THE LAYERED LITERARY EXISTENCE OF THE YOUNG ADULT NATIVE AMERICAN MAN
Sorensen, Trenton J.
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Within Native American literature, young adult Native American men face many obstacles to success on the journey to a layered existence that straddles the reservation line. The men face stereotypes, tribal attitudes, poverty, alcoholism, and an overall mental struggle to survive as Native American men that leaves them wobbling on the dividing line between two worlds. The men have to overcome the obstacles in order to achieve a sturdy balance of existence and successfully go back and forth between the Native world and the outside world. Within Sherman Alexie's texts The Absolutely True Diary of a Part-Time Indian, The Lone Ranger and Tonto Fistfight in Heaven, and The Toughest Indian in the World; Alexie's films The Business of Fancydancing and Smoke Signals; Richard Van Camp's The Lesser Blessed; and James Welch?s Winter in the Blood, the protagonists struggle to balance their culture with the Western-influenced outer world. The writers investigate tribal and non-tribal influences and pressures on their Blackfoot, Dogrib, Spokane, and Coeur d'Alene Native American male characters as well as the inner mental struggles that the protagonists undergo on a path towards a balanced existence. This layered existence connects with two-spirit identities through issues of self acceptance and tribal and non-tribal influences on personal identity choices and classifications, particularly within Alexie's texts and films. Overall, tribal peoples, as well as surrounding populations, collude to create a hostile environment for Native American men within the selected texts, and the protagonists are forced to fight for their own existences and to achieve a life that combines the best of their culture with the opportunities available off the reservation, albeit at varying levels of balance. Alexie, Van Camp, and Welch present complex characters who face obstacles that can push them closer to their Indian heritage or further away in order to gain a sense of belonging and acceptance, and these colluding forces have to be balanced in order for these young adult Native American male characters to live a harmonious life within a layered literary existence.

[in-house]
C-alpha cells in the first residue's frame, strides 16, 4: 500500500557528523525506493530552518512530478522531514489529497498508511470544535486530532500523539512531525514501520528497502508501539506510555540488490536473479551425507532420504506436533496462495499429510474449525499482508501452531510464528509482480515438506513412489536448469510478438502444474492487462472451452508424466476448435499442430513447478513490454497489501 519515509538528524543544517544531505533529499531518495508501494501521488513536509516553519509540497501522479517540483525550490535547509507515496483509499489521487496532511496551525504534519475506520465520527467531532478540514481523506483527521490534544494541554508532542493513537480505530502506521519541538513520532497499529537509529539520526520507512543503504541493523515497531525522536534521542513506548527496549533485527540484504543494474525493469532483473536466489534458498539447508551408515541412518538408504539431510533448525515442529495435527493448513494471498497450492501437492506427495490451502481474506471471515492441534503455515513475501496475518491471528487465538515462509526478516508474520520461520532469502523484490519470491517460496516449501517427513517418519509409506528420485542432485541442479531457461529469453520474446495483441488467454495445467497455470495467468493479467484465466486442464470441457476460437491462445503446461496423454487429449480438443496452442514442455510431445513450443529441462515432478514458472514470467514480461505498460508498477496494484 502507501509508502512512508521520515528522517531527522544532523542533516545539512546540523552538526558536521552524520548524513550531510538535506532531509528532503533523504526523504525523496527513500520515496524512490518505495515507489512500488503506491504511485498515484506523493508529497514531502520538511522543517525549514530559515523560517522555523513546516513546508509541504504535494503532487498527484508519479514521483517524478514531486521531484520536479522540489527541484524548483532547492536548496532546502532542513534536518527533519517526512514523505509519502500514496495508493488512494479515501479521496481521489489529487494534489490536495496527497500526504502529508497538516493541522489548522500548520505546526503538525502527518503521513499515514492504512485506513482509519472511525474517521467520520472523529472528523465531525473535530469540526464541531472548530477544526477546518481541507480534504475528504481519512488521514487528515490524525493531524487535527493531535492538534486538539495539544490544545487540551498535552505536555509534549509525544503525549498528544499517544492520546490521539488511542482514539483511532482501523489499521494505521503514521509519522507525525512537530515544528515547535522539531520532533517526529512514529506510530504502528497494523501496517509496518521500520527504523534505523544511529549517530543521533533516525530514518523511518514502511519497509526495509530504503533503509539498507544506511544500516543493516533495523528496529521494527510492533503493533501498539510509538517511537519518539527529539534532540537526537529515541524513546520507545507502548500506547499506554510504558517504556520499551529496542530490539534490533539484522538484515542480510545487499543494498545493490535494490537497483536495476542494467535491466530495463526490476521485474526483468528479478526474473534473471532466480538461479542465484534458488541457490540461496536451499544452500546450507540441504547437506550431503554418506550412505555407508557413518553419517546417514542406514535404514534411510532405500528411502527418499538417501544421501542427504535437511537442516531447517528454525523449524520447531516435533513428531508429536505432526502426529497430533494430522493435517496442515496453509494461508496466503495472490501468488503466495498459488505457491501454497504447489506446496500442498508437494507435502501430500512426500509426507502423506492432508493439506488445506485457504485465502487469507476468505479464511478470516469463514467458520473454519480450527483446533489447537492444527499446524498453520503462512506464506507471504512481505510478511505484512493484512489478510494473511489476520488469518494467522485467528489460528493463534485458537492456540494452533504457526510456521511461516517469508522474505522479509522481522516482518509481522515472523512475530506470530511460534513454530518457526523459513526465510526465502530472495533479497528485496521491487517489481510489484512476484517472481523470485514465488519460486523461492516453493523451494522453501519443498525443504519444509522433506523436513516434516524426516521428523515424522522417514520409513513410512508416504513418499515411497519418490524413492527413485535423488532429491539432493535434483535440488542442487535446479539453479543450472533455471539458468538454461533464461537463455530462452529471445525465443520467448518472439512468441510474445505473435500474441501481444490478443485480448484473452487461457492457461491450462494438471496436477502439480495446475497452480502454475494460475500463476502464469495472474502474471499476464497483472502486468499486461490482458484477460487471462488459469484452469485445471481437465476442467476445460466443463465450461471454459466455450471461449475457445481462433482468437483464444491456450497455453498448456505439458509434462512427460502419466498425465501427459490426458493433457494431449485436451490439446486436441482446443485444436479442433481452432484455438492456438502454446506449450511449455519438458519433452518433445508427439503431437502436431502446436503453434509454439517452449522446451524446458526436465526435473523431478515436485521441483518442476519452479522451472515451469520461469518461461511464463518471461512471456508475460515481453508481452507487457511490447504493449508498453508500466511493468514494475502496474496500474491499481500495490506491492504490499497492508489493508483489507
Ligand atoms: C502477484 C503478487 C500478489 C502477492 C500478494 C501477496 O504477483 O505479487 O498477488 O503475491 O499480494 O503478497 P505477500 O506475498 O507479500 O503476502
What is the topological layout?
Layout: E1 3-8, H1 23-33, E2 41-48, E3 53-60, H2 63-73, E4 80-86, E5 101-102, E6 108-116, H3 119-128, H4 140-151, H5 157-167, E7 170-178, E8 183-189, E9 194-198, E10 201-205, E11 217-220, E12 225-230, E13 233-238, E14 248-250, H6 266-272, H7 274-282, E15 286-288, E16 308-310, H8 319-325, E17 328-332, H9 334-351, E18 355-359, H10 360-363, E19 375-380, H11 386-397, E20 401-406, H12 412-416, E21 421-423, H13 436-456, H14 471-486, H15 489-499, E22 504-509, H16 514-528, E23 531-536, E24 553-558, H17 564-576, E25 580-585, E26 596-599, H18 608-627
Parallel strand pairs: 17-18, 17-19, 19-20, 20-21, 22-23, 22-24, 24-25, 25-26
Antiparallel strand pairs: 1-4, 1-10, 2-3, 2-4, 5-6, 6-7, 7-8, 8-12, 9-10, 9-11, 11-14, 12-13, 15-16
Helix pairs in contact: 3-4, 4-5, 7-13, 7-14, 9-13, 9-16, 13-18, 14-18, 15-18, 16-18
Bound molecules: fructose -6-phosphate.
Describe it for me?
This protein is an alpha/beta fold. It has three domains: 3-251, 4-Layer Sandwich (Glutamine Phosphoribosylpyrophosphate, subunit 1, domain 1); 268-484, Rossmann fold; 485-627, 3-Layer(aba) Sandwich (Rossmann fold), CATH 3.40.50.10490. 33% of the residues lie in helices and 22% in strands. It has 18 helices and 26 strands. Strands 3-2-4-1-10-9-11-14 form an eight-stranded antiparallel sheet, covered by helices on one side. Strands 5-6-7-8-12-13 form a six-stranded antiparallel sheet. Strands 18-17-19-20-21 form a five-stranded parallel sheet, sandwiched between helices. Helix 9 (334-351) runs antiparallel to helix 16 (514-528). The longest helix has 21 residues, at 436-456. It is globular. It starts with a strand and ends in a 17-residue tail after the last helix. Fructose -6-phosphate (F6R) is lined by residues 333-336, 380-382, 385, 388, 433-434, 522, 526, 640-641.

Indians of North America intellectual life
American literature Indian authors
Indians in literature
A Thesis Submitted In Partial Fulfillment of the Requirements For the Degree of Master of Arts-English